Grapes were planted across Argentina. They were found on the coast and inland, but it quickly became clear that the best place for vines to be planted was in the foothills of the Andes Mountains. Long hours of sunlight and high altitude combine perfectly. These two natural factors mean that the grapes have ample sunlight to ensure they fully ripen over a long period, without becoming sunburnt or overly ripe. They retain a palpable freshness, along with a deep flavour concentration.

However, irrigation was essential to Argentinian wine. A system of dams and canals was built to ensure that melting snow from the Andes Mountains flowed down to the vineyard areas. This process is known as ‘flood irrigation’ and is still practised in some parts of Argentina.

Once colonial rule ended, winemaking grew further. Immigrants from Spain, Italy and France came to Argentina seeking greener pastures, especially after phylloxera had devastated many old world wine regions.

This is clear from the great varieties that have excelled in modern day Argentina. You have Barbera from Piedmont and Sangiovese from Tuscany. Then, Cabernet Sauvignon and Merlot from Bordeaux. Of course there is Malbec as well, which is known as Côt in South West France.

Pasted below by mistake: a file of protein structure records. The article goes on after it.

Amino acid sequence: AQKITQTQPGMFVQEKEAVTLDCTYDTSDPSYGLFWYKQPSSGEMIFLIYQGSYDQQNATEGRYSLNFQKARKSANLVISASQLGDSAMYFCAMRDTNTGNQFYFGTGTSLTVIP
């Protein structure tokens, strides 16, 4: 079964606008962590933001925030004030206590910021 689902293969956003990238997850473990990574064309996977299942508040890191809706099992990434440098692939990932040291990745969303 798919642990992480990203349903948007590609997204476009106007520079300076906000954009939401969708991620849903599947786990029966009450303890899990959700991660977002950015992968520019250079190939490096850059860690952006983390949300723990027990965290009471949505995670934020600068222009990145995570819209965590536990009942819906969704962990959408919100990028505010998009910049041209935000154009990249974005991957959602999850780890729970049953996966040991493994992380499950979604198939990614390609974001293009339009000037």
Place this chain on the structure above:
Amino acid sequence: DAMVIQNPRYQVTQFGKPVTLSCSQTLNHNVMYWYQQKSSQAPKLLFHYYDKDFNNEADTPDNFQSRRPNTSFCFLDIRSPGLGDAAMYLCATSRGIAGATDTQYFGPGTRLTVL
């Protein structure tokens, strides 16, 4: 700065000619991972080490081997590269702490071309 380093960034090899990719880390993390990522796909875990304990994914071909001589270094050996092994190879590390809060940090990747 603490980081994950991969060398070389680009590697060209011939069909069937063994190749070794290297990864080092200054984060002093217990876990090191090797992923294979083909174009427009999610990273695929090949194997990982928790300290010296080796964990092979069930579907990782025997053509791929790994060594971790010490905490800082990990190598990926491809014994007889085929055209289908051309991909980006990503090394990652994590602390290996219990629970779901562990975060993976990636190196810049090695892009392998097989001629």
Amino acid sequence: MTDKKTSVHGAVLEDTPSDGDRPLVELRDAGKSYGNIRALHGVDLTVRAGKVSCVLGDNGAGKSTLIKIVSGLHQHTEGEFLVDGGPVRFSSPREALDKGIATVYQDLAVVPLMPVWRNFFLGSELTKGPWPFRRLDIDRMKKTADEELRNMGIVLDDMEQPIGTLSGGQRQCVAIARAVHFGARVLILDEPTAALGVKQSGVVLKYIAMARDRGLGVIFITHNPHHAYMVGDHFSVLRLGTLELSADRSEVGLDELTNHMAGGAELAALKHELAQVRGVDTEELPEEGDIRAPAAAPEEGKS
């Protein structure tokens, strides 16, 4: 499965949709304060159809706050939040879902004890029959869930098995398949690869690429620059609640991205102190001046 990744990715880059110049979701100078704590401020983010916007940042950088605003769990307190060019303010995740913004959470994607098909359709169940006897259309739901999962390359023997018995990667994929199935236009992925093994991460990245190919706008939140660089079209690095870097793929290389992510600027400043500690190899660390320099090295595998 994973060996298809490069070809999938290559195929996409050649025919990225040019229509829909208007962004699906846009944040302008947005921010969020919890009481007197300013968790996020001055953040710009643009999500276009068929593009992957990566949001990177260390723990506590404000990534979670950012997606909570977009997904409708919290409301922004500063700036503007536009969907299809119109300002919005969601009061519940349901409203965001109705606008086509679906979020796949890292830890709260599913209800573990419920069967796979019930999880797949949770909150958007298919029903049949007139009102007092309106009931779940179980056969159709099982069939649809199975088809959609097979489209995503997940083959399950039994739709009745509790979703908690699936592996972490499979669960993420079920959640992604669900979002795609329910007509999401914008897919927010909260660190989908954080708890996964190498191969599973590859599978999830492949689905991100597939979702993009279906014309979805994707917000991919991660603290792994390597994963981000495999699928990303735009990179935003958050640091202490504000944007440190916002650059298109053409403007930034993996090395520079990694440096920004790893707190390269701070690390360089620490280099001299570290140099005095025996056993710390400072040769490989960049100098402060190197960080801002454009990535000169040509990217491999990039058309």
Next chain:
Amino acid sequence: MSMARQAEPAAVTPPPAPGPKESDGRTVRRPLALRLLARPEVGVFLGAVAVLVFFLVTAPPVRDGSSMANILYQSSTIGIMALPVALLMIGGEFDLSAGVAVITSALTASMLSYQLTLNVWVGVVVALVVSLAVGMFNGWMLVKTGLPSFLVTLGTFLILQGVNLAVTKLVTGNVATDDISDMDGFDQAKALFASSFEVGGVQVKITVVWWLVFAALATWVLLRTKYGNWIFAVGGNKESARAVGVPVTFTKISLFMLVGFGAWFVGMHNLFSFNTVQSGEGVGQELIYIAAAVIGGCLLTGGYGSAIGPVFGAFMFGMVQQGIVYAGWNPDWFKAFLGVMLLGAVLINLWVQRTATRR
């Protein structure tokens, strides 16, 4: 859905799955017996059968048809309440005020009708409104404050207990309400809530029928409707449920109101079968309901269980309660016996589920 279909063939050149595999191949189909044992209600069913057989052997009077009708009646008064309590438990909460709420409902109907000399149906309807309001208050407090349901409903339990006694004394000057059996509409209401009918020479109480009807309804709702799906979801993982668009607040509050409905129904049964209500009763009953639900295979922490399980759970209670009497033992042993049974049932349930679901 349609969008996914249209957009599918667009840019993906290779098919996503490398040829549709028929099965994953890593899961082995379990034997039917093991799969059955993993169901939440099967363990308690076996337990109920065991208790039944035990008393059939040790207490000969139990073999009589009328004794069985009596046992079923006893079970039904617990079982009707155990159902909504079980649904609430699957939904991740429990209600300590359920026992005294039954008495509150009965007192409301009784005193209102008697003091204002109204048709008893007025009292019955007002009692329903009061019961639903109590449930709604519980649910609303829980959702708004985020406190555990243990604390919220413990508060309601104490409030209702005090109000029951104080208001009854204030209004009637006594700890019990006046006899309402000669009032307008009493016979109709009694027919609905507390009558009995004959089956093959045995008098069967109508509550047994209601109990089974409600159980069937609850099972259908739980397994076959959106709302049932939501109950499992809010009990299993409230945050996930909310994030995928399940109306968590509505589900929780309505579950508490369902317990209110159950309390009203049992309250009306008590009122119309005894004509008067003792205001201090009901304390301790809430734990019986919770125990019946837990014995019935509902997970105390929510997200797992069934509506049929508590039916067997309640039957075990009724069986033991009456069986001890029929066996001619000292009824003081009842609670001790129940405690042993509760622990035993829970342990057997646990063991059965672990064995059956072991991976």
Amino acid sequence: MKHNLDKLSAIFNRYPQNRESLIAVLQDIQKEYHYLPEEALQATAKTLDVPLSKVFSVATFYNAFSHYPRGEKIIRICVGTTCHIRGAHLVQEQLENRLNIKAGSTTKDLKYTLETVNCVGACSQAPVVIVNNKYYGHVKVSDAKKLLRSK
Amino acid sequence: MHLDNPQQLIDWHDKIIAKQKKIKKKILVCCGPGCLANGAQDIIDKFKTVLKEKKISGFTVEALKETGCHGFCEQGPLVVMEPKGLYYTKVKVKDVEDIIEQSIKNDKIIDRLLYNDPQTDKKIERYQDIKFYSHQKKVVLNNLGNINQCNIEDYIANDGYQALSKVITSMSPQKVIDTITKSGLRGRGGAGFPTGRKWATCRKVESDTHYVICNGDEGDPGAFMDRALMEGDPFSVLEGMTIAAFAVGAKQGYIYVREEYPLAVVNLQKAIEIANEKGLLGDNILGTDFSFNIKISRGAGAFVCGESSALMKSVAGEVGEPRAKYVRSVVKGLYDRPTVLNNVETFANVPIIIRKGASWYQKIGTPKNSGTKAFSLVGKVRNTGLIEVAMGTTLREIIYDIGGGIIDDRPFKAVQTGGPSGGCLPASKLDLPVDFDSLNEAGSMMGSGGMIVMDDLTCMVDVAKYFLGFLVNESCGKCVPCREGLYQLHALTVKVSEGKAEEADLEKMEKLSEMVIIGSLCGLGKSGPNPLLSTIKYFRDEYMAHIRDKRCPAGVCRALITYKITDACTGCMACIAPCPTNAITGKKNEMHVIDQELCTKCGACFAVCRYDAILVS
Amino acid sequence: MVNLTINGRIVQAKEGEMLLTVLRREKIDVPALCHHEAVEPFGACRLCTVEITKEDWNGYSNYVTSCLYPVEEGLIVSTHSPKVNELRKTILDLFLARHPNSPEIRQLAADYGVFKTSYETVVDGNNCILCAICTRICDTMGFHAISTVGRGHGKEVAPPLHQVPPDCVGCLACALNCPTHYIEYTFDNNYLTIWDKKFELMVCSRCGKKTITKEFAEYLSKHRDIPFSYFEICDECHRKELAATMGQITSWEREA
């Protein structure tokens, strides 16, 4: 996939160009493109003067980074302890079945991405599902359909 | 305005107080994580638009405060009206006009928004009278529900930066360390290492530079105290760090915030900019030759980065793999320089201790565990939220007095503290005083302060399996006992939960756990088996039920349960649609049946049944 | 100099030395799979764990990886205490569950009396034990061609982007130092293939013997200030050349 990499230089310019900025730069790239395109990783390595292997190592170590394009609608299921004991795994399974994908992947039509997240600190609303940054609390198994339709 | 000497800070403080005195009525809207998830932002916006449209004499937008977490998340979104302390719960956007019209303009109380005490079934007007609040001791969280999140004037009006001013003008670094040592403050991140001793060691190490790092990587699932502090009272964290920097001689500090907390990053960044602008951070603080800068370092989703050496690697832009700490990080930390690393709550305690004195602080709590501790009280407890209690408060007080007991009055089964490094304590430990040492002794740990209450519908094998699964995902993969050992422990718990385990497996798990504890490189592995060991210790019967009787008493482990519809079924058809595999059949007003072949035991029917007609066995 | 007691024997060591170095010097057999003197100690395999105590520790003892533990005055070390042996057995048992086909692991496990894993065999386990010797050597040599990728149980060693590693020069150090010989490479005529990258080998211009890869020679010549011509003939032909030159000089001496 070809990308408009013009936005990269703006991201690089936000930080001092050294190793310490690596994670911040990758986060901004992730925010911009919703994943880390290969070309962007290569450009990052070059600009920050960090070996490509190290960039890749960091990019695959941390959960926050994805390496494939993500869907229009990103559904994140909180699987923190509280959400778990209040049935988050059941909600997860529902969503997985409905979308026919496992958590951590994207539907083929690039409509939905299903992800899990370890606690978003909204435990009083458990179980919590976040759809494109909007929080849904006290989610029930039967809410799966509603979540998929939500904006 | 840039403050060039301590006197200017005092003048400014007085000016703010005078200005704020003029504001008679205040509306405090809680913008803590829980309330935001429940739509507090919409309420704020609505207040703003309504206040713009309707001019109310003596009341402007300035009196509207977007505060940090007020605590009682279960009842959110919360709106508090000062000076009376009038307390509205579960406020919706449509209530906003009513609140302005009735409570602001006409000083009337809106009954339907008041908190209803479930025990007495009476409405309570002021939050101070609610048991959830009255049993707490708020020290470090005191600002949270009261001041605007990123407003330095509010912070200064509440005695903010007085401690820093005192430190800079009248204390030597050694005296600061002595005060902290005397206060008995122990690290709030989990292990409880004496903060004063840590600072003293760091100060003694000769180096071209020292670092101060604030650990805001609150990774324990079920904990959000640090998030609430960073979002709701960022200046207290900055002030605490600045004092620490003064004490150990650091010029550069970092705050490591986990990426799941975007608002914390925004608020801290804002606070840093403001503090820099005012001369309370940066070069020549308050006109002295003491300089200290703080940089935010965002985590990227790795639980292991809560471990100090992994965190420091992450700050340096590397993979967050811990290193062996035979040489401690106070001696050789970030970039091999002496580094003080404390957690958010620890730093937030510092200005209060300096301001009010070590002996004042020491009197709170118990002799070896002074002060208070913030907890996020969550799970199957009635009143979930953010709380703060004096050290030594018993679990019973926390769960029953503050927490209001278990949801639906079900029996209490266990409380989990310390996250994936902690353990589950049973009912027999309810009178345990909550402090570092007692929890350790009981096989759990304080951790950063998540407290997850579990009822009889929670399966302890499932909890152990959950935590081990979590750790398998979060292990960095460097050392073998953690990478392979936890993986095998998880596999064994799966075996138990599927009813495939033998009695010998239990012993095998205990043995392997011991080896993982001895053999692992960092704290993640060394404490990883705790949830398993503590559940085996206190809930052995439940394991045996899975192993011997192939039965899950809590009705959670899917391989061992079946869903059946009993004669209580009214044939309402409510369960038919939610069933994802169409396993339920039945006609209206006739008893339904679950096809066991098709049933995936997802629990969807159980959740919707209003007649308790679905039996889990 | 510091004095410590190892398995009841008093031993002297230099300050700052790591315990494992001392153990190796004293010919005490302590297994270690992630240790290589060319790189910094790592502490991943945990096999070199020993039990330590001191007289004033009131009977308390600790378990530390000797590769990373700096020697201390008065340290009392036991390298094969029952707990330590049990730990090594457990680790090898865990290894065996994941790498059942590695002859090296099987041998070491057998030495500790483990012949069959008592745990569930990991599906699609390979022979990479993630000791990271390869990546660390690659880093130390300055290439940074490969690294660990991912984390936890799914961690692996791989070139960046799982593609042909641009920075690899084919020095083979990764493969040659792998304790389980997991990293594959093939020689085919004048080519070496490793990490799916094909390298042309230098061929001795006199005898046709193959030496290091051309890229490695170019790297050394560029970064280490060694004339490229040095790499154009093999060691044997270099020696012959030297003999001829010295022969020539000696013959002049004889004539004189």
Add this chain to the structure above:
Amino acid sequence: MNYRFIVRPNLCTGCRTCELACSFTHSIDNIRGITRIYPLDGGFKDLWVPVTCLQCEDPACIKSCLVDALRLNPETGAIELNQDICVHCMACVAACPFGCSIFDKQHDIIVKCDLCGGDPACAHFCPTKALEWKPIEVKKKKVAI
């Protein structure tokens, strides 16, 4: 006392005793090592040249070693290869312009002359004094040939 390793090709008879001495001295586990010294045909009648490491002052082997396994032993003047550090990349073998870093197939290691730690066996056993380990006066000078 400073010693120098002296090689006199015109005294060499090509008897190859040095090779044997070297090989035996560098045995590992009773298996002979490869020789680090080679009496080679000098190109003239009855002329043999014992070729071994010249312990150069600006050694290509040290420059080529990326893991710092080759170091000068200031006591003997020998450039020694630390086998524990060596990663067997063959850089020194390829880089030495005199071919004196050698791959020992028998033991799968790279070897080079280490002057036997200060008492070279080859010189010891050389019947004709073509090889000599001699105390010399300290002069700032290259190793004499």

By 1900, the foundation of a massive wine industry had been laid. Today, there are over 1400 wineries in operation, (MacNeil 882). The Argentinian wine industry is booming, but what spark caused this boom?

The Rise Of Argentinian Wine

It is hard to pin down a single reason that the landscape of Argentinian wine has changed so drastically. With changes as quick and vast as this, it is rarely down to a single factor. Instead, a number of things converge at one time to create the perfect conditions for such rapid growth as the Argentinian wine world has seen.

A turning point was around 2000. By this time, winemakers pointed to the fact that Argentina had come towards the end of nearly a century’s worth of both political and economic instability, (MacNeil 879).

Military governments and dictators oversaw an economy that had inflation rising to over 1000%, (MacNeil 879). The 21st century brought about stability. Social stability, political stability and economic stability allowed for new business enterprises and winemaking is one which has proved to be crucial.